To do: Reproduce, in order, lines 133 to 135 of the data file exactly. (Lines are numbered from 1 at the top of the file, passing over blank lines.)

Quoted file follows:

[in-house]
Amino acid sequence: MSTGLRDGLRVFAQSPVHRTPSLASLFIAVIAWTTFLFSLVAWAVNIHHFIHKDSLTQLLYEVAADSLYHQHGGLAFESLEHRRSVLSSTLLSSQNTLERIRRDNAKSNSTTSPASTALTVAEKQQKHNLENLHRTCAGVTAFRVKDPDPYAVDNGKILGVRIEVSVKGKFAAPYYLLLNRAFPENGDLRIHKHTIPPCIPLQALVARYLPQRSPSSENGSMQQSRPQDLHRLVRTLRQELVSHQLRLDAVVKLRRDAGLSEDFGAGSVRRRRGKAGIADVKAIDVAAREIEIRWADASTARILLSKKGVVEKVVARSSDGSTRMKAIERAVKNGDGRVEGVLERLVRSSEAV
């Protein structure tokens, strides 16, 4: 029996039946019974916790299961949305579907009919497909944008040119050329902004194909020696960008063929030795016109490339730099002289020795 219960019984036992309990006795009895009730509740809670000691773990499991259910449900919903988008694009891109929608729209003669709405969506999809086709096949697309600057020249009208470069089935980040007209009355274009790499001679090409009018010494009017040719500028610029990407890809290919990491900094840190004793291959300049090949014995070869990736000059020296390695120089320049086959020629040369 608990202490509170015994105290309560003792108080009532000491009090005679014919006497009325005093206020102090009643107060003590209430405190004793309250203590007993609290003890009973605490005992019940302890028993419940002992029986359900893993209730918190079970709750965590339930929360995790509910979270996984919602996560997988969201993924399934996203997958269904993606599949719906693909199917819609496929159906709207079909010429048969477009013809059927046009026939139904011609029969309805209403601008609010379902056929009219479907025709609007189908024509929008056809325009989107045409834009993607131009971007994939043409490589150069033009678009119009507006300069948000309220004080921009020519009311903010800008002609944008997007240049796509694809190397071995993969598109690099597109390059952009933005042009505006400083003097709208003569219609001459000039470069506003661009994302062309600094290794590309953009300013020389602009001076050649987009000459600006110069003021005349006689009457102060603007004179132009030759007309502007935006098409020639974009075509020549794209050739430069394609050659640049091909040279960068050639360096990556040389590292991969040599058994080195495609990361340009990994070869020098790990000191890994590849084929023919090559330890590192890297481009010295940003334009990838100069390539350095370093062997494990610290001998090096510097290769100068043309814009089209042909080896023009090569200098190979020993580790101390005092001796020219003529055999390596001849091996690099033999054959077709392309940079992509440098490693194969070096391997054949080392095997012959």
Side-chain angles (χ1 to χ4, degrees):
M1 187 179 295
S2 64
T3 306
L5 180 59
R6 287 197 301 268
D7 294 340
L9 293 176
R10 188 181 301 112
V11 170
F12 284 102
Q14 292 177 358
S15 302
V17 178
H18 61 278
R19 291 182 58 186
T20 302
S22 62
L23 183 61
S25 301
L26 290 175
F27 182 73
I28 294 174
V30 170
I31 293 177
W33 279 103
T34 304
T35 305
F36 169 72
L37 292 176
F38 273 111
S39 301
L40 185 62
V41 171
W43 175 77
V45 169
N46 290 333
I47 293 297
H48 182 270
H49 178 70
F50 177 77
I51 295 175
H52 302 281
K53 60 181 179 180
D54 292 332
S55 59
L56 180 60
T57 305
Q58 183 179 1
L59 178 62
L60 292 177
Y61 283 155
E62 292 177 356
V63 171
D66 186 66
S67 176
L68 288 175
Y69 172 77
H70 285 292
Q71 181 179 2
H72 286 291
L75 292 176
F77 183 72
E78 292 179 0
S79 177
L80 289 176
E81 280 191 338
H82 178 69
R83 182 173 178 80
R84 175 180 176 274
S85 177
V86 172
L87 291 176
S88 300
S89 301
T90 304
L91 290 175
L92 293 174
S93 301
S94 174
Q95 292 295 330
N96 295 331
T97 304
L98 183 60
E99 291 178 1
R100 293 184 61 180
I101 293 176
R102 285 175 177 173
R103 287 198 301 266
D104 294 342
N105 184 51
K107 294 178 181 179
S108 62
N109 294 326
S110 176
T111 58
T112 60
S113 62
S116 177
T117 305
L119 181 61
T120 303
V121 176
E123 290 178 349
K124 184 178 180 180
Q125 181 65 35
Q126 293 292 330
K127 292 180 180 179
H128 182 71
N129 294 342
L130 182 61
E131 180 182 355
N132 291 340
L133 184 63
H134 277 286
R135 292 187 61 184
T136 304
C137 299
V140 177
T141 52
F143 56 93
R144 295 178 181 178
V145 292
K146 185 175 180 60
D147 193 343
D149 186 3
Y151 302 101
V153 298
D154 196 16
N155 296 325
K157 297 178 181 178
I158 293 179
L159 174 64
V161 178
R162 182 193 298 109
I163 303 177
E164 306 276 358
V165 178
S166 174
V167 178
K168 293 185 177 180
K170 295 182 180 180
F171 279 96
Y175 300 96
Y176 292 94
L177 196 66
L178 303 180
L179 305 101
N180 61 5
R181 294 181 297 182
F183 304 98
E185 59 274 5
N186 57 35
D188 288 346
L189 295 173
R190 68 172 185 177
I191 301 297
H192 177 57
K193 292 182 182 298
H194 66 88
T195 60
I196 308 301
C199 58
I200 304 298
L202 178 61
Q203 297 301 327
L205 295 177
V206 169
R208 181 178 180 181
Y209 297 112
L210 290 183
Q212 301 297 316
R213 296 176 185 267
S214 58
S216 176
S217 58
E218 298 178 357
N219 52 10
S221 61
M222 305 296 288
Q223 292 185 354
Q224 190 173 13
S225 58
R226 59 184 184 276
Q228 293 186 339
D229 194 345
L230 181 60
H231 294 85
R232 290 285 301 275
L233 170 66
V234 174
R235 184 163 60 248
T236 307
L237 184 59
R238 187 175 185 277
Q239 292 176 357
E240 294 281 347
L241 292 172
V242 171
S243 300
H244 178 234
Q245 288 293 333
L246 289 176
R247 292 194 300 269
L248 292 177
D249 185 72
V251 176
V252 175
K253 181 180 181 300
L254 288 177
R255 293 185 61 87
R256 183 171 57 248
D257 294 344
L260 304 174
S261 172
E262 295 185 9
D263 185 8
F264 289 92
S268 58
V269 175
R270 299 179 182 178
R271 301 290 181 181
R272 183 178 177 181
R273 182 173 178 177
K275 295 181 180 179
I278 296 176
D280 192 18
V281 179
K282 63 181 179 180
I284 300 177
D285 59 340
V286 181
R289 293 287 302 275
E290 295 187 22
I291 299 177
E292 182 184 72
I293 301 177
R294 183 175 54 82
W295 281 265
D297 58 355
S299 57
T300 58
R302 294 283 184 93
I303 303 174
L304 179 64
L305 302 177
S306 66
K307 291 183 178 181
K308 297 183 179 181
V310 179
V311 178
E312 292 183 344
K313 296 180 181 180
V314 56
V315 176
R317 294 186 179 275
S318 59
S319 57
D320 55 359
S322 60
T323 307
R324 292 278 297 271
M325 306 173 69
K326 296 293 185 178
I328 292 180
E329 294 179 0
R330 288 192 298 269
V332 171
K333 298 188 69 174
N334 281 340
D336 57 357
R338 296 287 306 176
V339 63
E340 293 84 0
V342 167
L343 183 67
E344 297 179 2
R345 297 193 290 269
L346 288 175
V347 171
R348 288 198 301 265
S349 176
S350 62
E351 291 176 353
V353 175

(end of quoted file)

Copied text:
N155 296 325
K157 297 178 181 178
I158 293 179